Obama On Jobs Report: 'We Are Moving Forward Again'

WASHINGTON -- He may not have been openly celebrating, but President Barack Obama was clearly enthusiastic Friday as he weighed in on the latest jobs report that shows unemployment dipping below 8 percent -- a first since he became president.

"This morning, we found out that the unemployment rate has fallen to its lowest level since I took office. More Americans entered the workforce, more people are getting jobs," Obama said to cheers at a campaign event in Fairfax, Va. "Today, I believe that as a nation, we are moving forward again."

He didn't spend long celebrating the 7.8 percent unemployment rate, though. Instead, he immediately turned attention to the fact that plenty of people are still looking for work.

"Every month reminds us that too many of our friends and neighbors are looking for work," Obama continued. "Today's news is certainly not an excuse to talk down the economy to score a few political points. It's a reminder that this country has come too far to turn back now."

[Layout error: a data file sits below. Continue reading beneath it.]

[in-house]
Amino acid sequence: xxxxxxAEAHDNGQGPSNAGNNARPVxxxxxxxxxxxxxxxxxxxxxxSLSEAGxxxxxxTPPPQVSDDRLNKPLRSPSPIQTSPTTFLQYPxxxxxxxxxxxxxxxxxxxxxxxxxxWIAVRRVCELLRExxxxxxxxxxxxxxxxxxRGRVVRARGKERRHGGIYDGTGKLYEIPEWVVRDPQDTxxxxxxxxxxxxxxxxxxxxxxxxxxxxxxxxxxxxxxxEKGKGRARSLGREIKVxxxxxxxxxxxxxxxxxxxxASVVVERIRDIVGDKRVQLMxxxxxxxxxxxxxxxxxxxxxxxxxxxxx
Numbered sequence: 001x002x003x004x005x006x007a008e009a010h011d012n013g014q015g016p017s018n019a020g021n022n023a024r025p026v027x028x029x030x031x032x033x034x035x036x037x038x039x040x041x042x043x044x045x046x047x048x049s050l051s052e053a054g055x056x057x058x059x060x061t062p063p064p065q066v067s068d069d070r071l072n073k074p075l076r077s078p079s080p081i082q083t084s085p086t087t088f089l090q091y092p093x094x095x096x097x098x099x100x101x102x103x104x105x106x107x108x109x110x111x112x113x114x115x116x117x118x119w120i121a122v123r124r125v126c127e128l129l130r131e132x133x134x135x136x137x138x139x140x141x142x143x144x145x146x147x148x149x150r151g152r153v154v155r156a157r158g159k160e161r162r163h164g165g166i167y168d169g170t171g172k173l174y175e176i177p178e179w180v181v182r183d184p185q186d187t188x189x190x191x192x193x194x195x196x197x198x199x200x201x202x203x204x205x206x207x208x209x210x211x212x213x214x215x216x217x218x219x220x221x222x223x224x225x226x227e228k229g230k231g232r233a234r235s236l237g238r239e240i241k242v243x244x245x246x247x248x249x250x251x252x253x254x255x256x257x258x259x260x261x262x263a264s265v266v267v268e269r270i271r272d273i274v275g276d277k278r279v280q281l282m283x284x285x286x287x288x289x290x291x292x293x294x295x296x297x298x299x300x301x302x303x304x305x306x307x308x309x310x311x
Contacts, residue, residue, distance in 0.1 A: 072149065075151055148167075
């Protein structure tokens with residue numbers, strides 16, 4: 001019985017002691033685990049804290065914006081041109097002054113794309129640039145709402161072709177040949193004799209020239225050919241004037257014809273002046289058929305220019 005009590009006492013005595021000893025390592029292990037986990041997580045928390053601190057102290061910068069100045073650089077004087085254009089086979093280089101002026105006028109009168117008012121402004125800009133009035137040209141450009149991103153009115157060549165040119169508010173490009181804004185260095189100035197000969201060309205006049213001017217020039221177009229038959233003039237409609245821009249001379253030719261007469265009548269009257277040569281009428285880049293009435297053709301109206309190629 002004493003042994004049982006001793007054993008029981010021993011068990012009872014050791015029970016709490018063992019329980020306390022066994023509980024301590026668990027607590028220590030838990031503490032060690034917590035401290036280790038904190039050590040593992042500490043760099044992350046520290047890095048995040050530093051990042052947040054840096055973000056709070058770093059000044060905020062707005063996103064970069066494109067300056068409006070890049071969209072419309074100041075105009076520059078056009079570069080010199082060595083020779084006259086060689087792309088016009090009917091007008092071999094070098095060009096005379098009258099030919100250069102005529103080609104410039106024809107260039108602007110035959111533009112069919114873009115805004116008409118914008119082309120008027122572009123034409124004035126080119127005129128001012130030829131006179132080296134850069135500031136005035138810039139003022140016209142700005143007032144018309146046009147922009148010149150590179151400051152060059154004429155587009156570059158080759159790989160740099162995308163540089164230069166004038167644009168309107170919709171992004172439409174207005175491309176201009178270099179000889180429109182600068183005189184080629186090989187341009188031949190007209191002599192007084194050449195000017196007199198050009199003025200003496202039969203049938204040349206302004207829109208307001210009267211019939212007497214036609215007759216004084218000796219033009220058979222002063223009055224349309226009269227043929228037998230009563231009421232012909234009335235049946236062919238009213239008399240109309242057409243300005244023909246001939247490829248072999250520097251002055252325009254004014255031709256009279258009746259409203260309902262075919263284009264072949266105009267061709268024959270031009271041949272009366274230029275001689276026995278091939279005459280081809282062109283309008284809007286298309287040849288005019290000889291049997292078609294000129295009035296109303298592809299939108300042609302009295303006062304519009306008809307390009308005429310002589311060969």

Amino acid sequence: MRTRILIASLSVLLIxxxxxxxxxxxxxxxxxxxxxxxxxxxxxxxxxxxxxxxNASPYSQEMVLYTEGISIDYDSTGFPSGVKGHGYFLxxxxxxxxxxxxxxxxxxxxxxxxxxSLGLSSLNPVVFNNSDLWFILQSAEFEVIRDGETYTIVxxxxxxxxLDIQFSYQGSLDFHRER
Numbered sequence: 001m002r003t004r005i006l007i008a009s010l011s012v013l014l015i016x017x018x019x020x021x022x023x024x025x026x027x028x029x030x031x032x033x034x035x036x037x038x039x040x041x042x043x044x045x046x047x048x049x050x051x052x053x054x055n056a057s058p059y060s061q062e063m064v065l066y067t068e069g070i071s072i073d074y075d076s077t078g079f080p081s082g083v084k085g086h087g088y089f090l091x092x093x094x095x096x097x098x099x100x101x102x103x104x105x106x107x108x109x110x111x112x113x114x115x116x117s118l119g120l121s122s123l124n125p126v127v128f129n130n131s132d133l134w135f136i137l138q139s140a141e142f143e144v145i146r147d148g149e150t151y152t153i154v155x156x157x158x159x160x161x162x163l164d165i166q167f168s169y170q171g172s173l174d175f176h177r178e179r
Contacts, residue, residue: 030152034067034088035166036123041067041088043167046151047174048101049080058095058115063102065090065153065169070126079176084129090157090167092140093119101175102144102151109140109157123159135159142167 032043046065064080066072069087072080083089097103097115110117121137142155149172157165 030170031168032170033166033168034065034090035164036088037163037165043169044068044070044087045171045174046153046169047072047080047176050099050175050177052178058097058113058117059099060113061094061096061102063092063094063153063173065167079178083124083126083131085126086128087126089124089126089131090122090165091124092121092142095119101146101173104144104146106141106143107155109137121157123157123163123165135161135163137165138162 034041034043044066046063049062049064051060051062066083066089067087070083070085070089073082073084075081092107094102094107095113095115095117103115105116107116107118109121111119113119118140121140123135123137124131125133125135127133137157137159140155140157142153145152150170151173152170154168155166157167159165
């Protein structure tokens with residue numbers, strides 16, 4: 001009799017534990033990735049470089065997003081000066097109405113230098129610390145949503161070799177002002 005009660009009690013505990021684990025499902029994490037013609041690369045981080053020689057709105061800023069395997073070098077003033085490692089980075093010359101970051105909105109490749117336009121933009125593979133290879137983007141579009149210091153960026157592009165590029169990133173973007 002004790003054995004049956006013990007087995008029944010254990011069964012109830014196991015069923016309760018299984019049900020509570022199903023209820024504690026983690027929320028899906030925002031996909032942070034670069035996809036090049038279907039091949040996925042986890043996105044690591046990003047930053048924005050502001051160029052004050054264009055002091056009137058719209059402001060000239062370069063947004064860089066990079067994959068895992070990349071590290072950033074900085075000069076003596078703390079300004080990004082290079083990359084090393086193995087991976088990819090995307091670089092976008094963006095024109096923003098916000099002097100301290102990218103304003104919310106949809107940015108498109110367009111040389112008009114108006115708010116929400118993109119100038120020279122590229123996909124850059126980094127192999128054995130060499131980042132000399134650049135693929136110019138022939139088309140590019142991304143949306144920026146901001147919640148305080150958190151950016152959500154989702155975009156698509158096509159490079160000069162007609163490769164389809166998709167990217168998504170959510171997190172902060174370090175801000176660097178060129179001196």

Whether or not it was because of the jobs numbers, Obama was clearly having fun at Friday's event. He repeatedly poked fun at Republican presidential nominee Mitt Romney, who said during Wednesday night's presidential debate that he liked Big Bird but still wanted to gut public television funding.

Romney is "finally getting tough on Big Bird. Rounding him up. Elmo's got to watch out, too," Obama said to laughs. Romney is "going to bring down the hammer on Sesame Street. Makes perfect sense."

He later wondered aloud why Romney thinks "Big bird is driving the deficits" instead of wealthy people benefiting from tax cuts. The line, of course, drew more laughs.

Earlier Friday, Obama Campaign Co-Chair Rep. Jan Schakowsky (D-Ill.) took joy in the fact that Republicans can no longer hit the president for failing to bring unemployment below 8 percent.

"I'm sure they are extremely disappointed that there are better job numbers in the United States because they have been trying to sabotage ... any efforts that would actually make the economy better," Schakowsky said on MSNBC. "Now they're going to just have to live with that number."



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